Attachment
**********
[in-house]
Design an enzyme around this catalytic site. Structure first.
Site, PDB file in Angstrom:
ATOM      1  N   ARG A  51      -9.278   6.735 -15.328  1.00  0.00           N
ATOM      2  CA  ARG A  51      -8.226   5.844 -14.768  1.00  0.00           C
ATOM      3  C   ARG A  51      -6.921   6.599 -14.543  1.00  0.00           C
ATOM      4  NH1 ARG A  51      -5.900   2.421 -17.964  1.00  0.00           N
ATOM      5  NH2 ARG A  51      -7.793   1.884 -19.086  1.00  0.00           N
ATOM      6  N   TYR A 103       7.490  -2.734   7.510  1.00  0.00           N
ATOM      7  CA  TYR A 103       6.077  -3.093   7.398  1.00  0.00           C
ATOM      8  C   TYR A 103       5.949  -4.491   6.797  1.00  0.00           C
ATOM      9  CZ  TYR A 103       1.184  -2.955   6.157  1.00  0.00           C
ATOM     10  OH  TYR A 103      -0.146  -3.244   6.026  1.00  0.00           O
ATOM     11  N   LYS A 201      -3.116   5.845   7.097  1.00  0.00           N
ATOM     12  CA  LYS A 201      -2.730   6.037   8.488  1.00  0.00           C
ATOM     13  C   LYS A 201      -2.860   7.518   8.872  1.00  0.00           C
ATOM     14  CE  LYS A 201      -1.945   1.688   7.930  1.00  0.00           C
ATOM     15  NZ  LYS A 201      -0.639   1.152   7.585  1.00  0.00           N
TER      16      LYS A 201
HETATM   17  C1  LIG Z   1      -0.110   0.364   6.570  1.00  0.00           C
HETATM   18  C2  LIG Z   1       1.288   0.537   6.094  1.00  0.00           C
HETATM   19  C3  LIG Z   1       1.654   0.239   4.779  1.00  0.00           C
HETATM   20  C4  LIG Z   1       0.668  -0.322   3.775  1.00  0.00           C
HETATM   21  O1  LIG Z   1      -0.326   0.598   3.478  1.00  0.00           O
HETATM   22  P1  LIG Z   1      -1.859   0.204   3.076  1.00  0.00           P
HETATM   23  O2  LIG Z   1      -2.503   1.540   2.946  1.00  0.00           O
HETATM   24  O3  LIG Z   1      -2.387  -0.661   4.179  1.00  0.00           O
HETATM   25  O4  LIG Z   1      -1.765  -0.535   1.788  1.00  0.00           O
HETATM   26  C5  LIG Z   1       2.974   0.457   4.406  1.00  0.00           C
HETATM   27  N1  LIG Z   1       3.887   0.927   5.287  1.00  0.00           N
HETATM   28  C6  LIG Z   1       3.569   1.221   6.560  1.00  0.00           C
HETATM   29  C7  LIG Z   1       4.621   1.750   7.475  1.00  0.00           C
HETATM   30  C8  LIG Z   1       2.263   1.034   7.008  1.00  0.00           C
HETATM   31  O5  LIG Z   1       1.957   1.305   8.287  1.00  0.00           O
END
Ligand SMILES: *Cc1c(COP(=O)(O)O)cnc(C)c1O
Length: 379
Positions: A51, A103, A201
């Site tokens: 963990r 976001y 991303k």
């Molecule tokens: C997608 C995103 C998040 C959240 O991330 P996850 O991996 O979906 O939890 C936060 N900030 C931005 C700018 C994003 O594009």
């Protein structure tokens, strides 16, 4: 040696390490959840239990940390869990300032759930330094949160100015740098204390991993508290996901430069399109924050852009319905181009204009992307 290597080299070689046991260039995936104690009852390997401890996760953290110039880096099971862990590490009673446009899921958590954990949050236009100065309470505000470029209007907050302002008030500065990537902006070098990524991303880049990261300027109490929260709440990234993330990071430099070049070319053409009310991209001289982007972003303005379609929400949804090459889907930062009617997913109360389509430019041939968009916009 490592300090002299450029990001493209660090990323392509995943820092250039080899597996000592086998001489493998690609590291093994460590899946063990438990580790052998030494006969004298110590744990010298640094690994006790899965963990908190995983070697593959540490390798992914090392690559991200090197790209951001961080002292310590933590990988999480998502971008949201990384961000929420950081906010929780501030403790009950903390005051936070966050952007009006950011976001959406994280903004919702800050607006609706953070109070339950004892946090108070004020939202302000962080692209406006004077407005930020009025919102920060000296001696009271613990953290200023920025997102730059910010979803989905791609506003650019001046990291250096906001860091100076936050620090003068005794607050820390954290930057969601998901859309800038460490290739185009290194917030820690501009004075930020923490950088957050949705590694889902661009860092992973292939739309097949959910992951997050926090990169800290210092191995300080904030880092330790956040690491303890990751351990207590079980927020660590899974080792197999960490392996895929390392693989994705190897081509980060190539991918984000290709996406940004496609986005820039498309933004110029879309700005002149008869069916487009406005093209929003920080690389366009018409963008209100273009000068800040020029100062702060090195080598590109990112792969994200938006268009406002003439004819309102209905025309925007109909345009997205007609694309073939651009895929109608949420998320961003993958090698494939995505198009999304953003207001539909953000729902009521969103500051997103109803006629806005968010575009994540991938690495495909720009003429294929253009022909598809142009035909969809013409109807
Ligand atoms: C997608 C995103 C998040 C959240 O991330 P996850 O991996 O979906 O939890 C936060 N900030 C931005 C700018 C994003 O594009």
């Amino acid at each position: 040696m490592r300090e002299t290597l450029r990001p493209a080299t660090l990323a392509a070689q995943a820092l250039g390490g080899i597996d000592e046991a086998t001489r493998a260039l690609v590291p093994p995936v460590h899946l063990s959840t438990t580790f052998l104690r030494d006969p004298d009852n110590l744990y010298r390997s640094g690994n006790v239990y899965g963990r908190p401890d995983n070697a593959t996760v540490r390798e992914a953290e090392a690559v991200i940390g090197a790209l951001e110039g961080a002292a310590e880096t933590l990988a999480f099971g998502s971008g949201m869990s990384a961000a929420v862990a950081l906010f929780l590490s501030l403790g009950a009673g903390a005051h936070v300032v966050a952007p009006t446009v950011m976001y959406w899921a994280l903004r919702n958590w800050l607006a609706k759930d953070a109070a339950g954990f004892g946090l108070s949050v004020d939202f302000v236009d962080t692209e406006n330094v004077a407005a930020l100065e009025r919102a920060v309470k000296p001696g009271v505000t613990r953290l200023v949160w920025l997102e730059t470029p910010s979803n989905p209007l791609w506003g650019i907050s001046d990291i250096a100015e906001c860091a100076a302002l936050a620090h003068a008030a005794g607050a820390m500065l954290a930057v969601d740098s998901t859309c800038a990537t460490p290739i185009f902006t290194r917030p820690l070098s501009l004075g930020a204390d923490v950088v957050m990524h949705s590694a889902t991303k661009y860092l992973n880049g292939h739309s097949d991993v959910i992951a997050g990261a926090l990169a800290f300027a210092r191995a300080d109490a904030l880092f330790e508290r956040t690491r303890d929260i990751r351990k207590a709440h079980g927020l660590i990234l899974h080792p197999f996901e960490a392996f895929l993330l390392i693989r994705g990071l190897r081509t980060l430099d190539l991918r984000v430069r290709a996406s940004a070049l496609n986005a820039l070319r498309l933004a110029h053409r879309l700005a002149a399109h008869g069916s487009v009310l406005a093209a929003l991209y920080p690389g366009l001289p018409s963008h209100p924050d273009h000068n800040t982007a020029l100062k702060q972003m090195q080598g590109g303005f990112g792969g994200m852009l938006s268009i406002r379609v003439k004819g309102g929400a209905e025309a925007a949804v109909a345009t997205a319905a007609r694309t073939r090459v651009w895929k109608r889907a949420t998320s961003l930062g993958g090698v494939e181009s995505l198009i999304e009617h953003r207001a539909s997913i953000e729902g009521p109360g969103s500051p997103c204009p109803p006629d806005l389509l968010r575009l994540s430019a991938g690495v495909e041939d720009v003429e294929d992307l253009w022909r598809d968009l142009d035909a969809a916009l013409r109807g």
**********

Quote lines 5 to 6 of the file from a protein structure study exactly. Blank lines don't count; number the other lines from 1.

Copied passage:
ATOM      2  CA  ARG A  51      -8.226   5.844 -14.768  1.00  0.00           C
ATOM      3  C   ARG A  51      -6.921   6.599 -14.543  1.00  0.00           C